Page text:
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August 20, 2005

DC LSIC: Orientation Notes, Day 3

  1. You often get more discovery in civil cases than in criminal cases where your client could go away for a long time—or be killed.
  2. Discovery is always “upon request.” If you don't ask, you don't get, and you can't whine.
  3. Never underestimate the laziness of the U.S. Attorney's office—not the individuals, but as an entity.
  4. Investigation is the best thing to do and can be the best part of your job. You find out about all the best restaurants that nobody knows about and you meet all kinds of great people you would never normally meet.
  5. You must investigate everything. For example, Johnny St. Valentine Brown was a very very bad man who helped put thousands of people away for a very long time, but no one knew how bad he was until someone finally investigated his background.
  6. When you read the rule, and you follow it, then you're good.
  7. The truth may not set you free but hopefully it will set your client free, and if it not, Rule 16 will. [I can't find the D.C. rule online, but it's based on the Federal rule.]
  8. Student attorneys are eager and sincere and full of energy. We come before the jaded court that has seen everything and we are like little puppies. The judge is not gonna want to shoot the puppy.
  9. C-10, the misdemeanor arraignment court, does not smell great. It's in the basement, is poorly lit, and the sound quality sucks. Court proceedings are supposed to be public, but in C-10 they are conducted in such a way that it is basically impossible for the public to hear what is happening.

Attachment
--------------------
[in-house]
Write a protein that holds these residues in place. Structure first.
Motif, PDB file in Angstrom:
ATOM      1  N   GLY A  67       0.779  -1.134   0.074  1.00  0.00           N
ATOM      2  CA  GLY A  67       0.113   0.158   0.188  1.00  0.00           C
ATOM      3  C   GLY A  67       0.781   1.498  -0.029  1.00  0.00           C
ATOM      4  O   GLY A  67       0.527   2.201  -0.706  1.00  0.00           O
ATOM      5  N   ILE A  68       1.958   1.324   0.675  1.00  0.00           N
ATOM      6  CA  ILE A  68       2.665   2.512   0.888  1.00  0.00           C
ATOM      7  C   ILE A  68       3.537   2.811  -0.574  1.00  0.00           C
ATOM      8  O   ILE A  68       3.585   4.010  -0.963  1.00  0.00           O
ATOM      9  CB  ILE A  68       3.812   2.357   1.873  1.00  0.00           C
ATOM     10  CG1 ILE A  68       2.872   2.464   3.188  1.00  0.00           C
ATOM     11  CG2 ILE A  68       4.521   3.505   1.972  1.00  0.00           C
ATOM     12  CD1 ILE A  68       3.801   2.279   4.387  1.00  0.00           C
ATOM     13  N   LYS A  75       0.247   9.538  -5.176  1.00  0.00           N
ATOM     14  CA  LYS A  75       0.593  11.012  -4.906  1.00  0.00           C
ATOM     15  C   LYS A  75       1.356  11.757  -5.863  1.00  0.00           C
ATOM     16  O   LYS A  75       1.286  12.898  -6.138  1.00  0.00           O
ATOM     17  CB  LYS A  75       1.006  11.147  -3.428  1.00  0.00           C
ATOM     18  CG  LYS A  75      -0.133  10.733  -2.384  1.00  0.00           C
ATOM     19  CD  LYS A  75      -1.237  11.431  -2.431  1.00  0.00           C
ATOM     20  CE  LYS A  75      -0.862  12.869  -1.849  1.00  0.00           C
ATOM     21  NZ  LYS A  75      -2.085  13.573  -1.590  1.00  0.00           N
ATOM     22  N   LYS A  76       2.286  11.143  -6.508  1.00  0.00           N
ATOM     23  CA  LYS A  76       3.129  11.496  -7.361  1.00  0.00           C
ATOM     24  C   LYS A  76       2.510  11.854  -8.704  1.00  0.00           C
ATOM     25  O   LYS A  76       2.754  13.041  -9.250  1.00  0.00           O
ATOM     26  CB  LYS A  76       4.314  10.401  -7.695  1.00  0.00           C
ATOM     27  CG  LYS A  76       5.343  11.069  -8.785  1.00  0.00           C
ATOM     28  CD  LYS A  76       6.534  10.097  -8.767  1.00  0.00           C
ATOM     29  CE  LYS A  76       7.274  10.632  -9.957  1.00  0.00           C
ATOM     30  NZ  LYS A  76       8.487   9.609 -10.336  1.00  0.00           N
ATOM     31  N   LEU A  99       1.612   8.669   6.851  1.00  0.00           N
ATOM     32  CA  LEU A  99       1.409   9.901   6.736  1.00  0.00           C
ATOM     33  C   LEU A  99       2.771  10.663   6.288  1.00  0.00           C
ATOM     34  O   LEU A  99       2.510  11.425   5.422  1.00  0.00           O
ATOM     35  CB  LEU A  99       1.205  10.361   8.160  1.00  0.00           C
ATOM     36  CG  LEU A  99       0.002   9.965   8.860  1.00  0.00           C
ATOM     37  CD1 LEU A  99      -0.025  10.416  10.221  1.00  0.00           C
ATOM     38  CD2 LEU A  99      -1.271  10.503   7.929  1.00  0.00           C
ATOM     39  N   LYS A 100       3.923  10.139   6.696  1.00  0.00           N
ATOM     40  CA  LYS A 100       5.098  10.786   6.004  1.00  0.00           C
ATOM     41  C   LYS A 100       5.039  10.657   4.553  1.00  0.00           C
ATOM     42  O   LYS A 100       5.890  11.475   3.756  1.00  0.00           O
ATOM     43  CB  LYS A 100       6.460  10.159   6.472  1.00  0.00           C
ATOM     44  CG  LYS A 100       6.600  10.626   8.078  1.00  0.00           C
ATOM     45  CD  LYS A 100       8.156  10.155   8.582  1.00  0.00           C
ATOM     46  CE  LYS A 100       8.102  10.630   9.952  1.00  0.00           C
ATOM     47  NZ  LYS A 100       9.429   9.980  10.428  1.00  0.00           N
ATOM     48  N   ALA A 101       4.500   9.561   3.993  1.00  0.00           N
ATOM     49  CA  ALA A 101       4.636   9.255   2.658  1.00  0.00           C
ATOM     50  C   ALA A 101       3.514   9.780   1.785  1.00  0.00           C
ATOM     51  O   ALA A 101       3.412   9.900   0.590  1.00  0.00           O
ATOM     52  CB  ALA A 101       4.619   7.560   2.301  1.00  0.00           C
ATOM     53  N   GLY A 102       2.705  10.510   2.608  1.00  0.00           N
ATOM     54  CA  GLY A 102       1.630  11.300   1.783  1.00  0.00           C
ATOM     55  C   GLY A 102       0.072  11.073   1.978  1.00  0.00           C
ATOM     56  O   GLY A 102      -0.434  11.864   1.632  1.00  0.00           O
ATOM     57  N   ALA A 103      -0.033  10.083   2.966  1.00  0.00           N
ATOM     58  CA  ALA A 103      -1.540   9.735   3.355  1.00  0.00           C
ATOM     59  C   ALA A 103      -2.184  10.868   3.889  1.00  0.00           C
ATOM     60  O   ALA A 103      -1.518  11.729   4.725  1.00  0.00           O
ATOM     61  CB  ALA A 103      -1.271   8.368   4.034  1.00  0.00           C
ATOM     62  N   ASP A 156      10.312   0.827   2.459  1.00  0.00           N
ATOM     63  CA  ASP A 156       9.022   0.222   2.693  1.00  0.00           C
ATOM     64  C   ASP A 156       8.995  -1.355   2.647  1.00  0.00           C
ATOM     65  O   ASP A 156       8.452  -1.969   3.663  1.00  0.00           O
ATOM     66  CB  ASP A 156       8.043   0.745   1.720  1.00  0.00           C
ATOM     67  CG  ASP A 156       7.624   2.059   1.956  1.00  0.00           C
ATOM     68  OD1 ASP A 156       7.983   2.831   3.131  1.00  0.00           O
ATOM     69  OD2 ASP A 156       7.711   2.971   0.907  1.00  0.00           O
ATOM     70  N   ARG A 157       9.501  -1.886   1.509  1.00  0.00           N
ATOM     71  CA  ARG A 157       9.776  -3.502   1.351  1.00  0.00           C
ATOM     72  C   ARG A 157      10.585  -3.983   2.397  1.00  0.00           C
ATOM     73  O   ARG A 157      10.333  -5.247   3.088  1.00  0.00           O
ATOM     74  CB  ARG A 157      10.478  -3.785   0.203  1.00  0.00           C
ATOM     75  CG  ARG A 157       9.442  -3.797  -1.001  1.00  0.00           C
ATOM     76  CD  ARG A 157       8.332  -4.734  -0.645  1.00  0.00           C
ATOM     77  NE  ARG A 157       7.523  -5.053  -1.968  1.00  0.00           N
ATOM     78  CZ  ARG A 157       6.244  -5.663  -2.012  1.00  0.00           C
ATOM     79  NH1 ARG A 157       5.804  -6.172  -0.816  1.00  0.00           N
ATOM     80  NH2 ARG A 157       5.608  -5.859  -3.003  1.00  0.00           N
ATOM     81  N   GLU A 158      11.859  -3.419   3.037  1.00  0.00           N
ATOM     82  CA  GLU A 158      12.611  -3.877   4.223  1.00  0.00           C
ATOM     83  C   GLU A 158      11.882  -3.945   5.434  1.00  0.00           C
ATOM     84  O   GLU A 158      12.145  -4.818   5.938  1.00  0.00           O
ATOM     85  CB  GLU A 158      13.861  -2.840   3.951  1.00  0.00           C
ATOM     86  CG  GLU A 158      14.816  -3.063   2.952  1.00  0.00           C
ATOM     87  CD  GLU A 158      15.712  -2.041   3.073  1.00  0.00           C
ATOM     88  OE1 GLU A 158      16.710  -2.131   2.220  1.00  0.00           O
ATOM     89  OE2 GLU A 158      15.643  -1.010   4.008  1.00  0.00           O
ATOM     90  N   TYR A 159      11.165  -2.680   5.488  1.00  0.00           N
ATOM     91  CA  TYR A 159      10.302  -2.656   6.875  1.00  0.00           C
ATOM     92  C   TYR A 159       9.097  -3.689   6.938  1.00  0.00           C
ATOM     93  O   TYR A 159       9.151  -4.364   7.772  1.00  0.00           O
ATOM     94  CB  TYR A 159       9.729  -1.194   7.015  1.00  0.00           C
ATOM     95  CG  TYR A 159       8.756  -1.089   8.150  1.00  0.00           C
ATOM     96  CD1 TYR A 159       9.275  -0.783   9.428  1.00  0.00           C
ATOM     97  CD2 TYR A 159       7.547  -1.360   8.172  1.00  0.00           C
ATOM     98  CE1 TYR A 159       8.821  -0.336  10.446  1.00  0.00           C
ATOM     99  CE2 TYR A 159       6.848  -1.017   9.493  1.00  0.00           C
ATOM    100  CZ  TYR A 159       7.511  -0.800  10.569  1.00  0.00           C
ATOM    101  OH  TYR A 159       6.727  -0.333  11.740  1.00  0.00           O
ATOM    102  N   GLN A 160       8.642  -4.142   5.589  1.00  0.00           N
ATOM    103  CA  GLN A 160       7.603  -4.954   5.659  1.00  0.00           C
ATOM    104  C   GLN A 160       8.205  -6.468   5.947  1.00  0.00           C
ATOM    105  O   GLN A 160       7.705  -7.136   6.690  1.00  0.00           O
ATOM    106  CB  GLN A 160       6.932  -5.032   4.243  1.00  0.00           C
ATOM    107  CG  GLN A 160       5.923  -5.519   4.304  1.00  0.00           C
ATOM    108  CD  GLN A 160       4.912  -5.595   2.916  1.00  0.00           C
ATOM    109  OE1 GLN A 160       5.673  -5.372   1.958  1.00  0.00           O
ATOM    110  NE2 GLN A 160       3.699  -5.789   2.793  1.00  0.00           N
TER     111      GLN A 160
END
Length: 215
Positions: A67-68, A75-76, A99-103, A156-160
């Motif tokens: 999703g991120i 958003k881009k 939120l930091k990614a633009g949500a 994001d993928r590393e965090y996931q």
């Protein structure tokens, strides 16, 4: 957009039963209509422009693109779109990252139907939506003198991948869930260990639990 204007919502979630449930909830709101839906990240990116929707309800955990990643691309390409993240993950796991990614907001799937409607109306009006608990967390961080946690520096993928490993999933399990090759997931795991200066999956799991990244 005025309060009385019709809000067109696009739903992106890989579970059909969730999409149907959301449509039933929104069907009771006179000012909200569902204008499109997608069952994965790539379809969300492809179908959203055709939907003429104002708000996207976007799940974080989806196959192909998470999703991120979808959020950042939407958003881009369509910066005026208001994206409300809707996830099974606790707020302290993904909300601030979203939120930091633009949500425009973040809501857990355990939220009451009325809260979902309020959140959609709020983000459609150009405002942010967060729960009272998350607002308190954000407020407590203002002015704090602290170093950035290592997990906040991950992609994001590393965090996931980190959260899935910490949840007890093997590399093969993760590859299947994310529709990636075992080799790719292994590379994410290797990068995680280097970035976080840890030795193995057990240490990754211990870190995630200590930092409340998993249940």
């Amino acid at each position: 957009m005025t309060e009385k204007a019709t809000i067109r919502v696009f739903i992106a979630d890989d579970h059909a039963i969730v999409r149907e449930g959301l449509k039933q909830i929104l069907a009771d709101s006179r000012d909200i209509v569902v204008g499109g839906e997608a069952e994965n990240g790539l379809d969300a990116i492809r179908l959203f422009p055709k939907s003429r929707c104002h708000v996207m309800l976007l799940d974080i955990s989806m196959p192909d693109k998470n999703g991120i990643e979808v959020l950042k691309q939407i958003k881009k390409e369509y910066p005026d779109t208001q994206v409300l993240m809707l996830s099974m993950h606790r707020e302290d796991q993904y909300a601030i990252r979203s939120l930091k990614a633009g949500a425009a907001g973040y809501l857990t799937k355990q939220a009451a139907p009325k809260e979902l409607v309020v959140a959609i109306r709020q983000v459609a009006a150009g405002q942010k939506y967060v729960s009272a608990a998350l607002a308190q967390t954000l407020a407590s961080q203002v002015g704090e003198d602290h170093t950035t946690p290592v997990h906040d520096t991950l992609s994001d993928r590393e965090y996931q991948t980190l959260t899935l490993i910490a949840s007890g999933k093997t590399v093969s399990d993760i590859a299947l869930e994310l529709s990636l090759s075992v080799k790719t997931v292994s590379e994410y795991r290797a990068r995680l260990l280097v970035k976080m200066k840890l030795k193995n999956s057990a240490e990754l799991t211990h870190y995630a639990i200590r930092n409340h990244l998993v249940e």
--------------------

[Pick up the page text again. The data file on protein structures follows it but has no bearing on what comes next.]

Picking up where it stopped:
10. The D.C. Superior Court is a model of bureaucratic complication. There are at least half a dozen different clerk's offices scattered from basement to fourth floor throughout the building. Perhaps I will learn some rhyme or reason for it all in time.
  11. The U.S. Attorney working in C-10 has a team of support staff to assist him or her. There is an entire area of the courtoom given over to the U.S. A's files and staff. It continues to surprise me that prosecutors have offices and staff in courthouses, then they go to courtrooms where everyone pretends the proceedings are “objective” or in some way neutral.

Posted August 20, 2005 06:06 AM | 3L lists

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#8 made me laugh -- and I'm not even a law student :)

Posted by: Anonymous at August 23, 2005 10:51 PM

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